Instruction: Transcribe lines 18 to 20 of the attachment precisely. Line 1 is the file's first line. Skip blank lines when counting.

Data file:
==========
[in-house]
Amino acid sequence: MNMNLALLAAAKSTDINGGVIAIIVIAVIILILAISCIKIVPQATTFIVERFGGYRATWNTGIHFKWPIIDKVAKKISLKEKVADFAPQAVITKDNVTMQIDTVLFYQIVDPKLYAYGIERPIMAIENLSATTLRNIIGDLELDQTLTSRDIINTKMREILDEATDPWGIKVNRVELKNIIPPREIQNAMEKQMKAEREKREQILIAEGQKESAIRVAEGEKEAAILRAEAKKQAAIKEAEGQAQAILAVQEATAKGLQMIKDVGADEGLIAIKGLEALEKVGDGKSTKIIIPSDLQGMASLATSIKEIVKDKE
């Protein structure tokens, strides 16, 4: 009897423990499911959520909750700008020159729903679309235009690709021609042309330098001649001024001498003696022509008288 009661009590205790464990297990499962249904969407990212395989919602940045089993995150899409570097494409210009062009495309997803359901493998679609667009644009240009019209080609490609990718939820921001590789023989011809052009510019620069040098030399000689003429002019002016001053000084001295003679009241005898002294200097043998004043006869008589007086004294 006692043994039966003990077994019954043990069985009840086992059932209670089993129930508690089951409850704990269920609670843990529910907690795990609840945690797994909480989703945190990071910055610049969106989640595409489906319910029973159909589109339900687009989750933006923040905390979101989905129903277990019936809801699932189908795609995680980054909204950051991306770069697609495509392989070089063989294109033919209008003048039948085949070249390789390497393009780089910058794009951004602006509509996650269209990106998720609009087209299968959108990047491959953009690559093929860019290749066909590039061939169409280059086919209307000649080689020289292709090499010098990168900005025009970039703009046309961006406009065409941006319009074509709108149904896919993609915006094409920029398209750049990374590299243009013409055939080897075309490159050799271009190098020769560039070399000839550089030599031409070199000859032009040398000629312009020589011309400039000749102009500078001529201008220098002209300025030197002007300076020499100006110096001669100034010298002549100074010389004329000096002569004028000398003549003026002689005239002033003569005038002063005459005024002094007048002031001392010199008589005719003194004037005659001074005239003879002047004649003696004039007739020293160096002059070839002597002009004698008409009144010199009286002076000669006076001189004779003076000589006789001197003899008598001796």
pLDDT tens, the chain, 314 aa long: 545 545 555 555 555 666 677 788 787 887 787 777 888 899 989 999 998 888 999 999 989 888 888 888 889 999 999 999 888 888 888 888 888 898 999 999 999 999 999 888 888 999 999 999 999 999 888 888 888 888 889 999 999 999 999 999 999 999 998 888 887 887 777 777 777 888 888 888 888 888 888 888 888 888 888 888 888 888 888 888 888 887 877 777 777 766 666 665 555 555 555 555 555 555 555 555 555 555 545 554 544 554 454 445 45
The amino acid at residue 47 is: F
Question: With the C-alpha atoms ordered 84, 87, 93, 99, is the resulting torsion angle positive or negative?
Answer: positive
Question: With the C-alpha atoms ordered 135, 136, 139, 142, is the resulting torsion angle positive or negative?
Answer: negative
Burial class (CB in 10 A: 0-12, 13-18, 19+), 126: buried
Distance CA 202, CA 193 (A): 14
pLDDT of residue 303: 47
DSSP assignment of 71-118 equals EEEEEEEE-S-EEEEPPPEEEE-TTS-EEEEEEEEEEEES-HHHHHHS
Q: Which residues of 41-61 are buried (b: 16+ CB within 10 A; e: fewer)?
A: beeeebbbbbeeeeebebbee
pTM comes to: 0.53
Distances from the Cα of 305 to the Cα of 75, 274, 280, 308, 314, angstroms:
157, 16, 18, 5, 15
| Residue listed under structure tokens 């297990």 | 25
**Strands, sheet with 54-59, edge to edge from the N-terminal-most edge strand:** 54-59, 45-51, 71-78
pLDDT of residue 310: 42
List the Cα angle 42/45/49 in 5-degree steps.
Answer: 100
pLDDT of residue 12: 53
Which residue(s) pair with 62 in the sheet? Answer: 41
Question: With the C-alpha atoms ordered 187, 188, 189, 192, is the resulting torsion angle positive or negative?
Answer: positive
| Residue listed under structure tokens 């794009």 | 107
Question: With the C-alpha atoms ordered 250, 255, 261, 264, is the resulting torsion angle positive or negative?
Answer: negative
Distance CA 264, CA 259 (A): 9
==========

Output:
157, 16, 18, 5, 15
| Residue listed under structure tokens 């297990």 | 25
**Strands, sheet with 54-59, edge to edge from the N-terminal-most edge strand:** 54-59, 45-51, 71-78